More fatal crashes on NJ’s roads in COVID-laced 2020 — why?
The pandemic forced plenty of would-be commuters and would-be vacationers off the roads in 2020, yet New Jersey registered more fatal crashes last year than in 2019.
And right now, 2021 is on pace to top the 2020 fatal-crash and crash-casualty counts.
Figures from the New Jersey State Police, which are still considered preliminary, cite 548 fatal collisions on the road between Jan. 1 and Dec. 31 of last year. The 2019 total was 524.
"We have seen a slight increase in 2020 in fixed object crashes, hitting things such as trees," Detective Sgt. 1st Class Michael Townsend, of the New Jersey State Police, told New Jersey 101.5.
About a third of last year's fatal crashes involved a pedestrian, the statistics show. A full report looking deeper into 2020's fatal crashes and deaths will be released later this year.
"There's always going to be driver inattention, there's always going to be unsafe speed, despite the number of vehicles on the roadway," Townsend said.
Last year's fatal crashes in New Jersey claimed 586 lives, according to NJSP's preliminary figures. Most of the state's fatal crashes occurred in Middlesex County.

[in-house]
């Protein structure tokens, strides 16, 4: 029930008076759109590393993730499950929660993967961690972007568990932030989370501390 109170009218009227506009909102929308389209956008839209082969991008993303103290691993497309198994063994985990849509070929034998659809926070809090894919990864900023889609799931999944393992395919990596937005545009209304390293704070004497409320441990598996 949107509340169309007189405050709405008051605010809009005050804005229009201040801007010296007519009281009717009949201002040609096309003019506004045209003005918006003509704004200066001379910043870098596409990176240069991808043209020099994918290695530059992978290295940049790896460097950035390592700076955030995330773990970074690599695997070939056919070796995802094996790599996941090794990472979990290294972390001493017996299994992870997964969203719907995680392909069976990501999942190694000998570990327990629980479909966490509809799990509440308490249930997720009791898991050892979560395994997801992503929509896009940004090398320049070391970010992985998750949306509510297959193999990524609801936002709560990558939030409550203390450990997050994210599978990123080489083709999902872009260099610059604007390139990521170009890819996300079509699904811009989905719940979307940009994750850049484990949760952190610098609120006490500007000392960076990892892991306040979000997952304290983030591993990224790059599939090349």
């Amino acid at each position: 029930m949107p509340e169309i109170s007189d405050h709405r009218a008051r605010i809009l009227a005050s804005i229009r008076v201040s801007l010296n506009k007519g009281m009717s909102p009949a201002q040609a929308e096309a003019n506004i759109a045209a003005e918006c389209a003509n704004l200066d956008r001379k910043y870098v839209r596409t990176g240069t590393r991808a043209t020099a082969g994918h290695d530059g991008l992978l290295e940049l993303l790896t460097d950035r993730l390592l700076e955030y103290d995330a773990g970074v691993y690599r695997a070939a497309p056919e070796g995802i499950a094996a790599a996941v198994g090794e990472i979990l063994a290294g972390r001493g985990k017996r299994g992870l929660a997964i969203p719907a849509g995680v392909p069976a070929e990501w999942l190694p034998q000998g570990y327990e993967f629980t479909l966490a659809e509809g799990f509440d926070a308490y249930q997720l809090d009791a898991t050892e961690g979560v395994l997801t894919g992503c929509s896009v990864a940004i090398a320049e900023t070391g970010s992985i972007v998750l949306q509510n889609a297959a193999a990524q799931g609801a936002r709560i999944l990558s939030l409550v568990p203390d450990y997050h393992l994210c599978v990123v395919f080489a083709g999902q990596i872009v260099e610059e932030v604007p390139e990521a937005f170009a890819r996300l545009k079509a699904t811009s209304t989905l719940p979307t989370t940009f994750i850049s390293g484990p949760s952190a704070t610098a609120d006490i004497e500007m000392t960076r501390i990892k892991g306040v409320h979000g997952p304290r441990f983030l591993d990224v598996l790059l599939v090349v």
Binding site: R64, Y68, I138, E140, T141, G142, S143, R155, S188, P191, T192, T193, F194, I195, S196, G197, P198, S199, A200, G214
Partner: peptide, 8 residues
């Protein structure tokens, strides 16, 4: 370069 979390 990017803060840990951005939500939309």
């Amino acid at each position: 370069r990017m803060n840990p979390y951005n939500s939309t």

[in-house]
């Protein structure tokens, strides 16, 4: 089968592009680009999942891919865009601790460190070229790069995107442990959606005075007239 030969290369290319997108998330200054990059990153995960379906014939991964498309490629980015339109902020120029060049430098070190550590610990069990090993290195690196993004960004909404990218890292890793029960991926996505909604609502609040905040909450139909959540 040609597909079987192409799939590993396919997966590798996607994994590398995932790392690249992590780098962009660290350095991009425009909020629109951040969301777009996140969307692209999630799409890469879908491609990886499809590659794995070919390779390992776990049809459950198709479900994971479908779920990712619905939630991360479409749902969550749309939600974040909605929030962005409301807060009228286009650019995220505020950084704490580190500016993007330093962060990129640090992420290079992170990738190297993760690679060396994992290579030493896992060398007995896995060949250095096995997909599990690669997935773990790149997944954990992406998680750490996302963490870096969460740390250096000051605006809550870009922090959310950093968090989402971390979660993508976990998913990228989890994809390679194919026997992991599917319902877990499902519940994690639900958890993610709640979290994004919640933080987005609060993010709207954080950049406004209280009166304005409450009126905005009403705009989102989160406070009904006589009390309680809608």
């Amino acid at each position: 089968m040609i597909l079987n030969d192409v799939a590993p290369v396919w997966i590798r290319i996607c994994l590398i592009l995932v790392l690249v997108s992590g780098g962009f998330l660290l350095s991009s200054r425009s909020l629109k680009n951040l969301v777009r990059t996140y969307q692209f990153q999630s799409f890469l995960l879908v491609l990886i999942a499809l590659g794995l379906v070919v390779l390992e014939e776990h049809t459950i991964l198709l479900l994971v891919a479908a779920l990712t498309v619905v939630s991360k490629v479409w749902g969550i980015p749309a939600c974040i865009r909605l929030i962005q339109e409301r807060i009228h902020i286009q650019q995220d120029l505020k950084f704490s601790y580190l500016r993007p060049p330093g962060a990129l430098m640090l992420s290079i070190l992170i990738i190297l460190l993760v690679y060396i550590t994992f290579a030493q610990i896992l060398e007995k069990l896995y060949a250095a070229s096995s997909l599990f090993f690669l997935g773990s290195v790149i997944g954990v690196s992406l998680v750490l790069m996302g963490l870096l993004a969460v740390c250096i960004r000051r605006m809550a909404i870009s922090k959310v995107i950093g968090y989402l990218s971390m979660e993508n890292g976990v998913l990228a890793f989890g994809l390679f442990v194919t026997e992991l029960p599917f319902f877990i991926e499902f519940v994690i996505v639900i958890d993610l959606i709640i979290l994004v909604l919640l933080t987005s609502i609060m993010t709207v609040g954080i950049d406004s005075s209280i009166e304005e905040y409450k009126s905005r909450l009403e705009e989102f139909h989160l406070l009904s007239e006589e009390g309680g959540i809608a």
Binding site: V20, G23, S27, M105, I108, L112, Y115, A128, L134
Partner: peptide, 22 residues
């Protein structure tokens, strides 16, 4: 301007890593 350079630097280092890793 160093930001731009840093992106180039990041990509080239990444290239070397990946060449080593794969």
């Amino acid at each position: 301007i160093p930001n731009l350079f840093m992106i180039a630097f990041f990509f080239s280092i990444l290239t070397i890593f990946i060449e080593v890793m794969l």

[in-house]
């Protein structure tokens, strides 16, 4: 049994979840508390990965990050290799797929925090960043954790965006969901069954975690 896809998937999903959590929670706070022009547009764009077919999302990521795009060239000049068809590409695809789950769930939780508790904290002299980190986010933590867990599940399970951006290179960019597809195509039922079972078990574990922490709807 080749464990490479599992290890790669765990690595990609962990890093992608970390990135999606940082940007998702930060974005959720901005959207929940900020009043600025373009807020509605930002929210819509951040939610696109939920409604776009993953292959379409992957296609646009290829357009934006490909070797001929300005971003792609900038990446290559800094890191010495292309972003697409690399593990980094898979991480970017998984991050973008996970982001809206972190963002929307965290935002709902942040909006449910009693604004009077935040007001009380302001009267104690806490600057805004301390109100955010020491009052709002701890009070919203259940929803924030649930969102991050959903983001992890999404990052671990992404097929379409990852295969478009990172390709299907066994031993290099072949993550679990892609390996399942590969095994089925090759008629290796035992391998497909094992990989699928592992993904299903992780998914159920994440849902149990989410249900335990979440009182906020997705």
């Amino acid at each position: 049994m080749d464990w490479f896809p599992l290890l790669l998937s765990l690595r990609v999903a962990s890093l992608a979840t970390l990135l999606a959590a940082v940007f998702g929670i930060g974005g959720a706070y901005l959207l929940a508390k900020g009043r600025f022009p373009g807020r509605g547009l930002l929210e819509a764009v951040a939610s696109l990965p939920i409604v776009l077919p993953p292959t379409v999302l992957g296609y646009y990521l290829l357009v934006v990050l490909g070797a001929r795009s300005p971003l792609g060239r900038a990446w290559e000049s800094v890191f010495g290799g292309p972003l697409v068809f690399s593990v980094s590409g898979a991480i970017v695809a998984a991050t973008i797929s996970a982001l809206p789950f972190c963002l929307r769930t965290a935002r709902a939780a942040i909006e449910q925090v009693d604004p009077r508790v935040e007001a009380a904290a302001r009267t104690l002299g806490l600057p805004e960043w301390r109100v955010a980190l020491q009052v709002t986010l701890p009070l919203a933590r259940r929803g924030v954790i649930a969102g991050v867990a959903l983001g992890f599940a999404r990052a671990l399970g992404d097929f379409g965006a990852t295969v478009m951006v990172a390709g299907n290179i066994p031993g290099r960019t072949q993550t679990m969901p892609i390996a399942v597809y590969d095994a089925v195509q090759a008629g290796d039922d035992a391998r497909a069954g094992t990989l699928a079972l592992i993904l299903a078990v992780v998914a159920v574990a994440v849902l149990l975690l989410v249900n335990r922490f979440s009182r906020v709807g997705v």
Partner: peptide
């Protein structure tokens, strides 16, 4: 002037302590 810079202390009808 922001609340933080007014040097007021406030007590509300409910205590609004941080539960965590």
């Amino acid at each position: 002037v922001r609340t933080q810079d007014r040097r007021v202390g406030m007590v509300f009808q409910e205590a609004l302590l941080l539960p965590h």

Fatalities on the roads jumped 7% nationally in 2020, compared to 2019, according to the National Highway Traffic Safety Administration. A report released by NHTSA in the middle of last year highlighted an increase in speeding, statistics that point to fewer people wearing seat belts, and a high rate of drivers testing positive for drugs or alcohol.
"It looks like some drivers took advantage of lower rates of enforcement and the lower traffic volumes," said Eric Heitmann, director of the New Jersey Division of Highway Traffic Safety. "At the end of the day, it's about every driver taking responsibility for the lives and safety of everyone else on the roads."
Distracted driving is the number-one cause of traffic fatalities in New Jersey. A campaign launched by the Division this spring focused specifically on distracted driving.
The Division in February announced plans to spend $15 million in 2021 on programs and initiatives to enhance traffic safety and improve driver behaviors.
"Our goal is zero fatalities; that's the only acceptable number of fatalities on our roads," Heitmann said.
As of mid-July of this year, the number of fatal crashes and related fatalities in New Jersey was ahead of the same time last year.
Contact reporter Dino Flammia at firstname.lastname@example.org.